What is Social Decision Making?

What is done, how is it done and who is involved in doing it? Organizational culture is a system of shared assumptions, values, and beliefs, which governs how people behave in organizations. It has very much to do with how people communicate and the actions they take and most importantly how decisions are made.

We claim that social decision making is the easiest way to improve productivity in knowledge work. We also say that the best tool to do this with is Fingertip. We can give and teach you a tool. But the fact is that Fingertip and better decisions is a journey as are all new ways of working. We come to the power of organizational culture and how you as a leader can be a key player in the productivity leap.

Let’s go through the 9 steps of creating a strong social decision making culture.

  1. Encourage people to share ideas, problems, emotional intelligence.
    Make sure employees know their suggestions will be taken seriously by peers and superiors.
  2. Build brainswarming into each decision.
    Solicit feedback from group members at key decision points to ensure vital information is never overlooked.
  3. Encourage important communication & collaborate.
    Document plans and key discussions to eliminate the “he said/she said” nature of spontaneous conversation.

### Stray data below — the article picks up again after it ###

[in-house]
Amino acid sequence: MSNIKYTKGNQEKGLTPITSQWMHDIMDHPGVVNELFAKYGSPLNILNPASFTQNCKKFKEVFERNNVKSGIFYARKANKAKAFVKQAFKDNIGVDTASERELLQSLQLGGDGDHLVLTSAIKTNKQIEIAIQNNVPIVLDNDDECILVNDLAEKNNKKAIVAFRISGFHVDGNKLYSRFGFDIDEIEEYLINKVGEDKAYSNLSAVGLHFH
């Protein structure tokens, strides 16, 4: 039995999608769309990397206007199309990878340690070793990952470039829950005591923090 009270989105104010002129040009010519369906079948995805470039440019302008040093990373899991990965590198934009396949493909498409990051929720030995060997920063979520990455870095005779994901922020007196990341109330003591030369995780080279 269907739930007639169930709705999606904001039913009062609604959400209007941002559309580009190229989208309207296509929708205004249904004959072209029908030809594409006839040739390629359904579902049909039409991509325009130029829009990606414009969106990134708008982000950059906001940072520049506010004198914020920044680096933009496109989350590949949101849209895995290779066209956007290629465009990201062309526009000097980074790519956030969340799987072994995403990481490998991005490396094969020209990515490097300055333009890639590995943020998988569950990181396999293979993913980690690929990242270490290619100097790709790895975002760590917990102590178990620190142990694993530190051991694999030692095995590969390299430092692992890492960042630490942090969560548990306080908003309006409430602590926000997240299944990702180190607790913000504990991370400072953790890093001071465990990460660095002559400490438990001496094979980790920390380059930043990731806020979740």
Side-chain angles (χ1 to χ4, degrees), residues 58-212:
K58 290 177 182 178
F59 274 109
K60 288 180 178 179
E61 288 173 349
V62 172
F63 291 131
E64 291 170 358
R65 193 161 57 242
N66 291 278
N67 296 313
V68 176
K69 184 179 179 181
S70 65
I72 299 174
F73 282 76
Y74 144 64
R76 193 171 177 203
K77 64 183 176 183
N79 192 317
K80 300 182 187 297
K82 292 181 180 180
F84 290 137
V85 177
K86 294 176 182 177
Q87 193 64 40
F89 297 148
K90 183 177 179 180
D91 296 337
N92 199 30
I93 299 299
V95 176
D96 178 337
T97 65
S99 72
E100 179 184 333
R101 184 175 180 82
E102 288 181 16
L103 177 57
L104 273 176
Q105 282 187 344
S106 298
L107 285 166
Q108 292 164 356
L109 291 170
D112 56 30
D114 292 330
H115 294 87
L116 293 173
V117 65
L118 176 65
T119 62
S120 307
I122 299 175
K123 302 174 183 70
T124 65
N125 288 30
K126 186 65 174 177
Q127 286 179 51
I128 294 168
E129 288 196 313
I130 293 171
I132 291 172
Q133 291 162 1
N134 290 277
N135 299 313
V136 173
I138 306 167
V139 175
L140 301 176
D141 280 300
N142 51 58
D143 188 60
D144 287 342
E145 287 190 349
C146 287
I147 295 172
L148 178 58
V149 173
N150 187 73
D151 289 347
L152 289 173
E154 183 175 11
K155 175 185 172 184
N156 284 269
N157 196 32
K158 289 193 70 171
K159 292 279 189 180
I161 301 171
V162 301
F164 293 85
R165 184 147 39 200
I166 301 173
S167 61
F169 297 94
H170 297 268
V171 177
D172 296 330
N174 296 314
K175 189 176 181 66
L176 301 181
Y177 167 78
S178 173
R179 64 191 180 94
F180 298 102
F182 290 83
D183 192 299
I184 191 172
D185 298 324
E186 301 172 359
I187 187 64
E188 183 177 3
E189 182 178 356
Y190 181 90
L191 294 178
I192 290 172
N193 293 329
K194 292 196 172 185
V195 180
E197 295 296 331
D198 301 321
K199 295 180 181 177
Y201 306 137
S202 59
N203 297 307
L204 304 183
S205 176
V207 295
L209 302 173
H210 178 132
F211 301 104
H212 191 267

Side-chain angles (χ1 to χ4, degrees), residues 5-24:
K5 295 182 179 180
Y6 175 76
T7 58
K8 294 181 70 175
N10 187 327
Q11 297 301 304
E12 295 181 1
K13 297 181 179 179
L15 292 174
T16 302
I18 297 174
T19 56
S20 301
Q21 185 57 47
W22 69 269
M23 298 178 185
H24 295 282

4. Assign roles & adjust group sizes.
    Keep decision groups large enough to avoid tunnel vision but small enough to preserve a close-knit dynamic where everyone knows each other. Ensure everybody knows what’s expected from them.
  5. Resist the urge to direct.
    If you are the Boss, allow employees to contribute and tackle problems on their own before immediately jumping in with a solution. Your people become empowered and passionate about their work once they have a say, feel the meaning and engage.
  6. Nurture, reuse, relate, and summarize decisions.
    No decision is born alone. Record and complete activities in decisions, reuse beneficial decisions as templates and create connections to related decisions. Finally group related decisions in plans.
  7. Timing is everything.
    After reasonable incubation of the problem or idea at hand it is time to set timing for the progress of the decision making. The timetable creates the necessary sense of urgency among the stakeholders.
  8. Honor diversity of opinions.
    Decide how to decide. Remember that your organizational culture and your own attitude determine how openly people want to express their opinions and on the other hand are ready to get influenced.
  9. Evaluate & Learn.
    The only way to learn from poor decisions is to evaluate them and detect the places where you have errors in understanding and find new routes to overcome them in the future.

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